That includes imported goods such as aluminium products and some fuel and oil products from the two countries.
The agreement covers trade in goods and will only be used in a no-deal scenario, maintaining the same level of tariffs on goods traded between the three countries.
According to the Department for International Trade, British businesses could avoid up to £15 million a year in tariff charges on exports that would otherwise apply if an agreement wasn’t in place.
Andrew Mitchell, HM Trade Commissioner for Europe said: “Today’s agreement secures continued preferences for goods trade with Iceland and Norway for British businesses as we prepare to leave the EU. These are key trading partners with whom we have a longstanding and historic trading relationship.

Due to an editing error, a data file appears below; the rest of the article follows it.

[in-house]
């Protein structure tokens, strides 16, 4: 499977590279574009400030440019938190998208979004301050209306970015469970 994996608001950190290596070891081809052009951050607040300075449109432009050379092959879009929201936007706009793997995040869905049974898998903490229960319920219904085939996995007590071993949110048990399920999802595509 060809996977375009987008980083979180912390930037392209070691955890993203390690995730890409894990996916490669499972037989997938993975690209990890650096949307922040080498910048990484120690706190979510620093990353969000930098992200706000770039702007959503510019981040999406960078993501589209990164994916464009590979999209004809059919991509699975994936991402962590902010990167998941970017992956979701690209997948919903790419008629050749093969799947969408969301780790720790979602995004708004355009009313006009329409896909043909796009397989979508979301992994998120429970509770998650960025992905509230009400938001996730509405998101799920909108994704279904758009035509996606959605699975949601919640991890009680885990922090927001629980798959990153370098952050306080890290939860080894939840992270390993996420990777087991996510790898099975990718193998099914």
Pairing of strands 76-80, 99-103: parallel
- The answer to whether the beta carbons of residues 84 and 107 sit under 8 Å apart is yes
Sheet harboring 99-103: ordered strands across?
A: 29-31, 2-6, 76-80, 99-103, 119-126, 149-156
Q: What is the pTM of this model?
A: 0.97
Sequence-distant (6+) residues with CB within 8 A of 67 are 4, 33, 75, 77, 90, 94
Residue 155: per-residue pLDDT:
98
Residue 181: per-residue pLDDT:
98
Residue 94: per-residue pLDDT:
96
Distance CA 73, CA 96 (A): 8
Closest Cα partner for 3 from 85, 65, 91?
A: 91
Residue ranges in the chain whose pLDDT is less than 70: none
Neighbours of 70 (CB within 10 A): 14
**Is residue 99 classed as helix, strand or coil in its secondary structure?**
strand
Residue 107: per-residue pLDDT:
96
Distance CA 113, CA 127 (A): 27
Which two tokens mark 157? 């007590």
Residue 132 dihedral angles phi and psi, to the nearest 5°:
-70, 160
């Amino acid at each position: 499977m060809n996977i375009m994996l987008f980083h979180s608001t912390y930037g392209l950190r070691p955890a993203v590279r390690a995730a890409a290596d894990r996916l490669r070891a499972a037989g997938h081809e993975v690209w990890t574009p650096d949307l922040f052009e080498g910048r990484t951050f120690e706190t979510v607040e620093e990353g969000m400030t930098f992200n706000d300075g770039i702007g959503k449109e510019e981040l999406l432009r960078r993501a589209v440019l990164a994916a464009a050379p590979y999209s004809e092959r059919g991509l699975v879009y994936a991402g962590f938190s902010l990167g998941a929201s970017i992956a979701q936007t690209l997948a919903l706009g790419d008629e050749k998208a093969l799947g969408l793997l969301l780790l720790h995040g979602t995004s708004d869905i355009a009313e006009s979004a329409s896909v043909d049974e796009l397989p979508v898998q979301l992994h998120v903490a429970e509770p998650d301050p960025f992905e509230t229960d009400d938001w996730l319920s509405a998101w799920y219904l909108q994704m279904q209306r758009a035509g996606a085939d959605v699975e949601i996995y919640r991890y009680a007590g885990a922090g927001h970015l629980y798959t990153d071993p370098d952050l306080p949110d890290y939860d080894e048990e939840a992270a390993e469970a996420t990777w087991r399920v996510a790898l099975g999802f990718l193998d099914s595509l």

“Our trade with Iceland and Norway was worth around £30 billion last year, with just over £24 billion of this in goods. This is good news for British businesses and we have a golden opportunity to further liberalise trade with these countries in the years ahead.”